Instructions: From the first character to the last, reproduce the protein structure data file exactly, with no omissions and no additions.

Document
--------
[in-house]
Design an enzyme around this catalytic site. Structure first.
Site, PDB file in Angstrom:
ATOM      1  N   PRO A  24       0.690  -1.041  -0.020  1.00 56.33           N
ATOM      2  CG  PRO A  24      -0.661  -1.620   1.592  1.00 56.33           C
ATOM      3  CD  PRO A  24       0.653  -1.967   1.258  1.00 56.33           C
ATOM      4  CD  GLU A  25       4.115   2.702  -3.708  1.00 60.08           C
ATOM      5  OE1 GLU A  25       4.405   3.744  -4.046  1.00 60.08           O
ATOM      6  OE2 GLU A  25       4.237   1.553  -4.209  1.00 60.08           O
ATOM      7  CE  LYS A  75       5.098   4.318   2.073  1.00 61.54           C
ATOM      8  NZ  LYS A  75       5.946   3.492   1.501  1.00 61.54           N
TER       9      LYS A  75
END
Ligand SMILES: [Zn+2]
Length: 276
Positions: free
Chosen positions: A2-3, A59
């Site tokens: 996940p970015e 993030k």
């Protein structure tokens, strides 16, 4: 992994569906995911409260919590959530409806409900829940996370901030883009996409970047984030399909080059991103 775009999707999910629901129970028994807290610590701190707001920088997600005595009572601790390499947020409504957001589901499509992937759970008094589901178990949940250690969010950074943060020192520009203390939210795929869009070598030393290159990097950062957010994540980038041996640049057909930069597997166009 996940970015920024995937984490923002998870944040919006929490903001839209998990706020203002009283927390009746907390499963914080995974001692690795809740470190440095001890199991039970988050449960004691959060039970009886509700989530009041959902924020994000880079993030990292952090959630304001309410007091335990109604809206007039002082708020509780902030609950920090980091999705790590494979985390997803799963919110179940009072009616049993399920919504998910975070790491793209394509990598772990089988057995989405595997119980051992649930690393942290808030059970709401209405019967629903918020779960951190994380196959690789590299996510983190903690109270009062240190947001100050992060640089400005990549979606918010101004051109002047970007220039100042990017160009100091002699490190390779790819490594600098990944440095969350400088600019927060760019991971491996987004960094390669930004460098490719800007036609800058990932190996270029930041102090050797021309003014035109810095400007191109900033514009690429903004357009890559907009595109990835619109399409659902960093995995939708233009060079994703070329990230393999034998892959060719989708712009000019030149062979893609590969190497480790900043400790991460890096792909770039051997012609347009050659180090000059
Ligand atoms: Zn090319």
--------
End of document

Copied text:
[in-house]
Design an enzyme around this catalytic site. Structure first.
Site, PDB file in Angstrom:
ATOM      1  N   PRO A  24       0.690  -1.041  -0.020  1.00 56.33           N
ATOM      2  CG  PRO A  24      -0.661  -1.620   1.592  1.00 56.33           C
ATOM      3  CD  PRO A  24       0.653  -1.967   1.258  1.00 56.33           C
ATOM      4  CD  GLU A  25       4.115   2.702  -3.708  1.00 60.08           C
ATOM      5  OE1 GLU A  25       4.405   3.744  -4.046  1.00 60.08           O
ATOM      6  OE2 GLU A  25       4.237   1.553  -4.209  1.00 60.08           O
ATOM      7  CE  LYS A  75       5.098   4.318   2.073  1.00 61.54           C
ATOM      8  NZ  LYS A  75       5.946   3.492   1.501  1.00 61.54           N
TER       9      LYS A  75
END
Ligand SMILES: [Zn+2]
Length: 276
Positions: free
Chosen positions: A2-3, A59
């Site tokens: 996940p970015e 993030k």
């Protein structure tokens, strides 16, 4: 992994569906995911409260919590959530409806409900829940996370901030883009996409970047984030399909080059991103 775009999707999910629901129970028994807290610590701190707001920088997600005595009572601790390499947020409504957001589901499509992937759970008094589901178990949940250690969010950074943060020192520009203390939210795929869009070598030393290159990097950062957010994540980038041996640049057909930069597997166009 996940970015920024995937984490923002998870944040919006929490903001839209998990706020203002009283927390009746907390499963914080995974001692690795809740470190440095001890199991039970988050449960004691959060039970009886509700989530009041959902924020994000880079993030990292952090959630304001309410007091335990109604809206007039002082708020509780902030609950920090980091999705790590494979985390997803799963919110179940009072009616049993399920919504998910975070790491793209394509990598772990089988057995989405595997119980051992649930690393942290808030059970709401209405019967629903918020779960951190994380196959690789590299996510983190903690109270009062240190947001100050992060640089400005990549979606918010101004051109002047970007220039100042990017160009100091002699490190390779790819490594600098990944440095969350400088600019927060760019991971491996987004960094390669930004460098490719800007036609800058990932190996270029930041102090050797021309003014035109810095400007191109900033514009690429903004357009890559907009595109990835619109399409659902960093995995939708233009060079994703070329990230393999034998892959060719989708712009000019030149062979893609590969190497480790900043400790991460890096792909770039051997012609347009050659180090000059
Ligand atoms: Zn090319």